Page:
Poulter left disappointed in Arizona
Ian Poulter is back in the world's top 10 for the first time in 25 months - but not in the way he wanted.
Europe's Ryder Cup hero failed to make it into the final of the Accenture Match Play Championship in Tucson, losing 4&3 to defending champion Hunter Mahan. It meant a seventh all-American final in the event's 15-year history, with Matt Kuchar beating Australian Jason Day by the same margin in the other semi-final.
"It's easy to get up for Ian because he's so good at match play," Mahan said. "I played really well. I was getting up and down from a lot of tough spots."
Winner of the title three years ago, Poulter was also trying to make it back-to-back World Golf Championship victories after his triumph at the HSBC Champions in Shanghai last November.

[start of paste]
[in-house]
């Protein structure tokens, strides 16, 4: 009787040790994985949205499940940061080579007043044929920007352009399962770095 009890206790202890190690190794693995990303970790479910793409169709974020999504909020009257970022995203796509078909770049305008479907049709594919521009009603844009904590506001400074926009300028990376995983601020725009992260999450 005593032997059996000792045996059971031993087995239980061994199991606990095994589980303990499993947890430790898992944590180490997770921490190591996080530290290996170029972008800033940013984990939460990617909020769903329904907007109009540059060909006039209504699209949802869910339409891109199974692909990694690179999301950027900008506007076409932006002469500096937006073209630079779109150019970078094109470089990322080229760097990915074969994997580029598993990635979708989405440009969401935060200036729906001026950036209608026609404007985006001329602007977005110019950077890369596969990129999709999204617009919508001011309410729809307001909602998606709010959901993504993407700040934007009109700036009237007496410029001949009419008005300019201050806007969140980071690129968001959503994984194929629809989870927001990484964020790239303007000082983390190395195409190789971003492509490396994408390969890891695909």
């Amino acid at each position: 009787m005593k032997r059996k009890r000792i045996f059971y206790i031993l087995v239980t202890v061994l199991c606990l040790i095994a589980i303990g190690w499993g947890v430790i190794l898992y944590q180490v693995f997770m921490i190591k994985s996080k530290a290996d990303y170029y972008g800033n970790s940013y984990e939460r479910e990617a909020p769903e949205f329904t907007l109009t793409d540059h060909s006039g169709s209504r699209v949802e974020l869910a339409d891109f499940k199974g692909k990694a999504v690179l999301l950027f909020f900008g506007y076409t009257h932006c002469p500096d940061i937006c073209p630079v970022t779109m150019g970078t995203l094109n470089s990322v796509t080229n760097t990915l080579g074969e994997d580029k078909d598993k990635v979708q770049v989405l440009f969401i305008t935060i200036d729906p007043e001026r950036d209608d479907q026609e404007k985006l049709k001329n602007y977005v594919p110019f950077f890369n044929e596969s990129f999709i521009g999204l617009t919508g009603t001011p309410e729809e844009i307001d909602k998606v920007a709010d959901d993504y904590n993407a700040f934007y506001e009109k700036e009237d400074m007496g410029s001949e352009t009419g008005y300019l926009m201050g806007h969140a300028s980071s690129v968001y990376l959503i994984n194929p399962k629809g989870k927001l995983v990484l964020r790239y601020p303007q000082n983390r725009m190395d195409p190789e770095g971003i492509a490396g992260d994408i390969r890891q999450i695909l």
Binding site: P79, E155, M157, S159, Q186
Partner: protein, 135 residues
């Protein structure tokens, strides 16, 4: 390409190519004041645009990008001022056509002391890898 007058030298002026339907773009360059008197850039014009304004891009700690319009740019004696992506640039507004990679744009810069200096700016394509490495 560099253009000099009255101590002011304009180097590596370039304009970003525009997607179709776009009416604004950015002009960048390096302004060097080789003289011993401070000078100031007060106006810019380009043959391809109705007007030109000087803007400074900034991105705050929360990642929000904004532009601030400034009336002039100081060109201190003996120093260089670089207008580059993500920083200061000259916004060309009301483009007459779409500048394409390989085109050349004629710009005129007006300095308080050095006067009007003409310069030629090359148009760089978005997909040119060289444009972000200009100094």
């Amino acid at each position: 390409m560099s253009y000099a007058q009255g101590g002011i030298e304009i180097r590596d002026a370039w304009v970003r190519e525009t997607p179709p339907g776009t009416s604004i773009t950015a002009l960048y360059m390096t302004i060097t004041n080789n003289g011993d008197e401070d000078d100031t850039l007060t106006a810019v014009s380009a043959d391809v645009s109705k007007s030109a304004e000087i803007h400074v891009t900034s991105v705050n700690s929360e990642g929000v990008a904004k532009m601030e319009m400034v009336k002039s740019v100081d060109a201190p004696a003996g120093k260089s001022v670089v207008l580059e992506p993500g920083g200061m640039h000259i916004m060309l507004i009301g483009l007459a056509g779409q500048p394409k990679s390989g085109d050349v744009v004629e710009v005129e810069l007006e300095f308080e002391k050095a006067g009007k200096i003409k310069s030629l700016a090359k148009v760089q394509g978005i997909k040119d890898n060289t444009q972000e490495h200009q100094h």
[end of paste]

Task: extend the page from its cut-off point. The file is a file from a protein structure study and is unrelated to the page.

He had beaten Stephen Gallacher, Bo Van Pelt, Tim Clark and Steve Stricker to reach the last four, but Mahan has not trailed in any game since the first round last year and that remained the case going into the clash with his 2010 Ryder Cup teammate Kuchar.
"It's a shame really and disappointing," Poulter said. "Hunter played very solid and chipped unbelievably well."
In bitterly cold and increasingly windy conditions Mahan birdied the long second and although he bogeyed two holes later Poulter did the same on the next to fall behind again.
The gap was two when Mahan played a delicate chip to two feet on the eighth and after both took six on the next par five, the 11th, the 30-year-old Californian then produced the shot of the morning.
Over the green on the short 12th - and with his opponent on the putting surface - Mahan chipped in from around 20 yards and went three up. The gap quickly became four when Poulter missed the fairway, the green and a five-foot putt for a bogey at the 14th. He came back with a birdie, but it was matched and that was that.
Mahan looked like being behind for the first time all week when he bogeyed the short third, but Kuchar three-putted and they remained level. Poulter, on the other hand, was gifted two early holes when Day fired wildly into the desert on the first and fourth.